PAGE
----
Lent is the perfect time to renew one’s commitment to prayer. Whether you choose the formal structure of Morning Prayer or more open-ended approaches like contemplative prayer, we encourage everyone to find some practice to commit to during Lent.
Bishop Rob Wright of the Diocese of Atlanta wrote about prayer Feb. 25, 2022:
“So what is prayer? In our tradition, “prayer is responding to God, by thought and deed, with or without words.” We teach that there are seven principal kinds of prayer: adoration, praise, thanksgiving, penitence, oblation, intercession and petition. I wonder what your default prayer setting is? For lots of us it’s thanksgiving or intercession.”
Here is a definition of the above from All Saints Omaha:
Adoration is the lifting up of the heart and mind to God, asking nothing but to enjoy God’s presence. Praise is acclaiming God’s glory, forgiveness, lovingkindness, and mercy—not to obtain anything, but because God’s Being draws praise from us.
Thanksgiving is offered to God for all the blessings of this life, for our redemption, and for whatever draws us closer to God.
In penitence, we confess our sins and make restitution where possible, with the intention to amend our lives. Oblation is an offering of ourselves, our lives and labors, in union with Christ, for the purposes of God. Intercession brings before God the needs of others.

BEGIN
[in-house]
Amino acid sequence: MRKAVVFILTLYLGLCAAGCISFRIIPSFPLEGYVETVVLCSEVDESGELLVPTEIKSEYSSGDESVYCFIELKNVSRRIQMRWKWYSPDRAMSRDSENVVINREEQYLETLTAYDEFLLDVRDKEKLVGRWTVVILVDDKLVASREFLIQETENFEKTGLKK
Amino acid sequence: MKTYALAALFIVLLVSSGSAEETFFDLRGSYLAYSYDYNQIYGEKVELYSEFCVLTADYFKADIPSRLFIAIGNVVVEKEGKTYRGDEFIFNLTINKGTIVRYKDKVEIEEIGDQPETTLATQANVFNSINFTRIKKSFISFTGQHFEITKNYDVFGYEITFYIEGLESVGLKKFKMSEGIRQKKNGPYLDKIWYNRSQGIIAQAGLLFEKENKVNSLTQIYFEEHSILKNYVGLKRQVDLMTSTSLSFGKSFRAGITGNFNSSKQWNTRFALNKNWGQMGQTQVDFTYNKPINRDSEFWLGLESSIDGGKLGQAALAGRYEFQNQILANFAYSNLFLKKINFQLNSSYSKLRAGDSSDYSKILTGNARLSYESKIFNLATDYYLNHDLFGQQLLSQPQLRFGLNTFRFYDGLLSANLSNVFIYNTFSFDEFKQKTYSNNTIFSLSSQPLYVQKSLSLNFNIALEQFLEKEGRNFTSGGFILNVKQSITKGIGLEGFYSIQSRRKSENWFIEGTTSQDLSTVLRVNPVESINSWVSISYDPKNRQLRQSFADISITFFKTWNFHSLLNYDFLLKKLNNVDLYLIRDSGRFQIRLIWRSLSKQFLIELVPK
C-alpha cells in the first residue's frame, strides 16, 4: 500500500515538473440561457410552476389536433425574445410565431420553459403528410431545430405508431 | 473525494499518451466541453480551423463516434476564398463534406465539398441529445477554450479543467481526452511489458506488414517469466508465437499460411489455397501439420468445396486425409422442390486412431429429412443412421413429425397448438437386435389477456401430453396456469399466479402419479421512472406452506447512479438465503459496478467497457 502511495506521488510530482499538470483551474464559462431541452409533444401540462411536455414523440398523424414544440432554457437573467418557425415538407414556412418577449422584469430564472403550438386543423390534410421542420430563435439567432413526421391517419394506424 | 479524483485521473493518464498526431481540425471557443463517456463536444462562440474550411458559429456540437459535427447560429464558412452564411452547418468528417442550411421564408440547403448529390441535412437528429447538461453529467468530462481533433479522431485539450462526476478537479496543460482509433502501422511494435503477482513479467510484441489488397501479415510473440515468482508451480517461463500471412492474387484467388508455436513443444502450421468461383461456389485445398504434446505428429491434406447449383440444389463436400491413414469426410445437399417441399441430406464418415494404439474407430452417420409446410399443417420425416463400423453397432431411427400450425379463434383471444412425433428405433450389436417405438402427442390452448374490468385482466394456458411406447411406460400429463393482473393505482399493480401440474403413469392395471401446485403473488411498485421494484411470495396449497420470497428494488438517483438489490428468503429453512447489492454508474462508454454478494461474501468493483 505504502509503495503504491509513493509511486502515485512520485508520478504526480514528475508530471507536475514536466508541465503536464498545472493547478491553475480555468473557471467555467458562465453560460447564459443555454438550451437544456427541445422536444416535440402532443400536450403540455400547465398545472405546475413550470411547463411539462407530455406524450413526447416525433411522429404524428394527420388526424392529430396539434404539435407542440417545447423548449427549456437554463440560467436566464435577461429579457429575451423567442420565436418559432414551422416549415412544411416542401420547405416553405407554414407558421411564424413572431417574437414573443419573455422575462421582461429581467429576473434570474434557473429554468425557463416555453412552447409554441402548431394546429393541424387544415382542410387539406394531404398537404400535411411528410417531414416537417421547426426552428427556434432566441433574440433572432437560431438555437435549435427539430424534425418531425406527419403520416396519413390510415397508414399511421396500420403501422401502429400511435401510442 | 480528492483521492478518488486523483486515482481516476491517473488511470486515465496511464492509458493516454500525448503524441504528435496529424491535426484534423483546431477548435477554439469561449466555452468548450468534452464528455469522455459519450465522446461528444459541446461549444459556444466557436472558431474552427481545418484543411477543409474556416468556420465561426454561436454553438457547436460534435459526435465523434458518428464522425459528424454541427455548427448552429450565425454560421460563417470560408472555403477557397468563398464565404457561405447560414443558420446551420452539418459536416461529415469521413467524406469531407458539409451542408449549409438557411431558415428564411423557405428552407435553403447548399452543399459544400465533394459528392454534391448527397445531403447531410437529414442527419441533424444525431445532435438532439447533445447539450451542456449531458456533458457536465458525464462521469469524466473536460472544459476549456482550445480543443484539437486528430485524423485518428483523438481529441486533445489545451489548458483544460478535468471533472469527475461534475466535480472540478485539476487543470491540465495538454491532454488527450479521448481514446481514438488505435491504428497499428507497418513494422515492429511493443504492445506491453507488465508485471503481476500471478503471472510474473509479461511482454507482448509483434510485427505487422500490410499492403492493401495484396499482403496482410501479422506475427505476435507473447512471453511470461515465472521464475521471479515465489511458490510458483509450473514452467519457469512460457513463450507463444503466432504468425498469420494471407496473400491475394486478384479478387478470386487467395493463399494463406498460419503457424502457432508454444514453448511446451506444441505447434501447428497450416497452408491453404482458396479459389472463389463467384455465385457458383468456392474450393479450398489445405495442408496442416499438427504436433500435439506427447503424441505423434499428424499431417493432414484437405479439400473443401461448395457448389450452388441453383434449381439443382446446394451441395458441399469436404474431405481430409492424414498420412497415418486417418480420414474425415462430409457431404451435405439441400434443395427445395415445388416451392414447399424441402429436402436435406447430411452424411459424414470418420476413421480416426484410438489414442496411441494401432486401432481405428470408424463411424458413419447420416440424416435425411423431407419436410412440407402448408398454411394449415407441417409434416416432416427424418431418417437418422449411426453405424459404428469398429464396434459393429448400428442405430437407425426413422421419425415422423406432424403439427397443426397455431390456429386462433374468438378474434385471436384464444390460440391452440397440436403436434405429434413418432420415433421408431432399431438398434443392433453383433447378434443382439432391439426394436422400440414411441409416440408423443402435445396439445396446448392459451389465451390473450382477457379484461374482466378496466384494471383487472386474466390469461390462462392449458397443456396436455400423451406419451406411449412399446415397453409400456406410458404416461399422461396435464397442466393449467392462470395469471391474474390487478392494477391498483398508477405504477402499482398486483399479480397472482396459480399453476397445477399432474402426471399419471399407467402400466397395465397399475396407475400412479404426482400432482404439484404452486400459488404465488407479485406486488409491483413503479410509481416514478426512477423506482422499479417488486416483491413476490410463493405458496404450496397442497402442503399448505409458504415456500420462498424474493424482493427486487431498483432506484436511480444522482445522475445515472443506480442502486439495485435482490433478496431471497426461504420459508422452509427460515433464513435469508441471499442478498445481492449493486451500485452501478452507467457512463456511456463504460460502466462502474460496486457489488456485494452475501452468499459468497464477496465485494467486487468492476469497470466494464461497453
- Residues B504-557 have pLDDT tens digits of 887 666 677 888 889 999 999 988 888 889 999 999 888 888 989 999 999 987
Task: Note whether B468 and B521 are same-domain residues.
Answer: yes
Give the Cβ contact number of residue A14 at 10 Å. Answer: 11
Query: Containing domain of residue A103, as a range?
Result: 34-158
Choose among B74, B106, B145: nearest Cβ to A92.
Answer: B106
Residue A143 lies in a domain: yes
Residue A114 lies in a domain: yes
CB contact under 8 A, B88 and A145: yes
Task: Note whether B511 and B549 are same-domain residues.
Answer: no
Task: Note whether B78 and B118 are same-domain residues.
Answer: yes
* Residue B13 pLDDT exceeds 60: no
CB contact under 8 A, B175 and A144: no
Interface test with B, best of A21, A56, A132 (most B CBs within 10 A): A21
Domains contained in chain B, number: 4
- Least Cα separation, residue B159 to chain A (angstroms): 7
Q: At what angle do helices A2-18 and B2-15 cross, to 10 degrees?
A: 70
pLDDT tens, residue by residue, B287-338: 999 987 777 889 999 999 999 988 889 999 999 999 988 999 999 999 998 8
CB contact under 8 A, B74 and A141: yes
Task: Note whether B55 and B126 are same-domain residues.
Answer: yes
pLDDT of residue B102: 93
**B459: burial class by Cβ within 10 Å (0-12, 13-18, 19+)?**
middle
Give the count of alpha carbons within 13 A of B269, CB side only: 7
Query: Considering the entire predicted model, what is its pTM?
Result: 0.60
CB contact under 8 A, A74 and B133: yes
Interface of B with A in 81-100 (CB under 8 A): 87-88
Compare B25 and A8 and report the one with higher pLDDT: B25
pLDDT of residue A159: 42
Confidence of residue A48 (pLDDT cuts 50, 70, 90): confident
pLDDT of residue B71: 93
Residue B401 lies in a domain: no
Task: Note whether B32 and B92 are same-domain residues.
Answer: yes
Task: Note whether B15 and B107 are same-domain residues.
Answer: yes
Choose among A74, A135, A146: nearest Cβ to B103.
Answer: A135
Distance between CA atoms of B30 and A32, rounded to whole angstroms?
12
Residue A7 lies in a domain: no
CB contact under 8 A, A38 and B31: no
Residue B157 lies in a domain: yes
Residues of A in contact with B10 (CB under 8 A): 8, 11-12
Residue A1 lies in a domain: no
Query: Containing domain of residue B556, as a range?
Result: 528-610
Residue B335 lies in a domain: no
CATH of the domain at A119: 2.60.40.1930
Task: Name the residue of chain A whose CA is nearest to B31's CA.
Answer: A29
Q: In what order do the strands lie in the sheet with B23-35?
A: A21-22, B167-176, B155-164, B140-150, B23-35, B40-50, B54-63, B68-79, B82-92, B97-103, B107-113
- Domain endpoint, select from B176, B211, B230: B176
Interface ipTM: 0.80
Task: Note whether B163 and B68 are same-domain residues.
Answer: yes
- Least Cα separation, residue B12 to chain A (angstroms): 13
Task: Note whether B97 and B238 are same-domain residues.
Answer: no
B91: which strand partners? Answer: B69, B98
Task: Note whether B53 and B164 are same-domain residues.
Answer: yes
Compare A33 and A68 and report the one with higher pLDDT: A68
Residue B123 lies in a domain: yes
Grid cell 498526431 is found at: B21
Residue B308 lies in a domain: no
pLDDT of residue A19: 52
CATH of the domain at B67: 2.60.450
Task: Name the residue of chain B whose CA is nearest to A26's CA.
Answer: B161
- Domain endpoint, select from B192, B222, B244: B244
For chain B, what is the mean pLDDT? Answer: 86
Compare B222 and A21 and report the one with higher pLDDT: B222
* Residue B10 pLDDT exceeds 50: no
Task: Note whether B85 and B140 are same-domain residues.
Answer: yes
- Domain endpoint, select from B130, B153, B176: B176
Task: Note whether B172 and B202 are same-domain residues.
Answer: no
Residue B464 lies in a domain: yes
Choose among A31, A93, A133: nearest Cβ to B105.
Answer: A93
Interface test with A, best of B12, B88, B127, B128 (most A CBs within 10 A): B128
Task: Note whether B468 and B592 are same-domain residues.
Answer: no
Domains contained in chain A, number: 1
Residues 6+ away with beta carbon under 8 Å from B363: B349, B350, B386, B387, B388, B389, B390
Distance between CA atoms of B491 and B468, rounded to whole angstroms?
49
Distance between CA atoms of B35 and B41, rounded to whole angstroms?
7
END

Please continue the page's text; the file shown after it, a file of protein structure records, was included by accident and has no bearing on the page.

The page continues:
In Petition, we present our own needs, that God’s will may be done.
Bishop Wright’s invitation this Lent:
“As we approach the season of Lent how about changing things up a bit? This Lent, I invite you to choose the most unfamiliar genre from the list above and pray that genre until Easter. Just imagine, how accessing God’s mind and power in new ways will mean for your friendship with God and with the human family. Prayer changed Jesus that day on the mountain, he heard God’s voice in a new way. It was knowing God in prayer that gave him the power to heal the world one sick soul at a time. ”
In Mark 1:35-45, we encounter Jesus avoiding the crowds by beginning his day before others are awake and going to a deserted place to pray. It is a prayer practice from which we can all take note and learn. Before he began an intense day of teaching, preaching, and healing, he went to God to ground himself in prayer. He went off by himself to be at one with his Father, preparing for the day that would come. There are two other accounts in the Gospel of Mark of Jesus withdrawing to pray alone (6:46 and 14:32). He models in his own life the daily rhythm of work, rest, and prayer.
If you need a place to start, open a Prayer Book to page 136 and see “Daily Devotions for Individuals and Families.” Here is a Link
Beyond the above, consider starting here
1. Praying for your neighbors – Are any going through challenges, such as health issues, family struggles or economic issues ?
2. Pray for groups in your community.
3. Pray for the church as a corporate entity and then St. Peter’s.
4. Pray for those on the St. Peter’s prayer list.
5. Pray for the Diocese of Virginia and its bishops and the future Bishop election this year.
There are sites with groups of prayer.
1. This is link to a page called Lent Prayers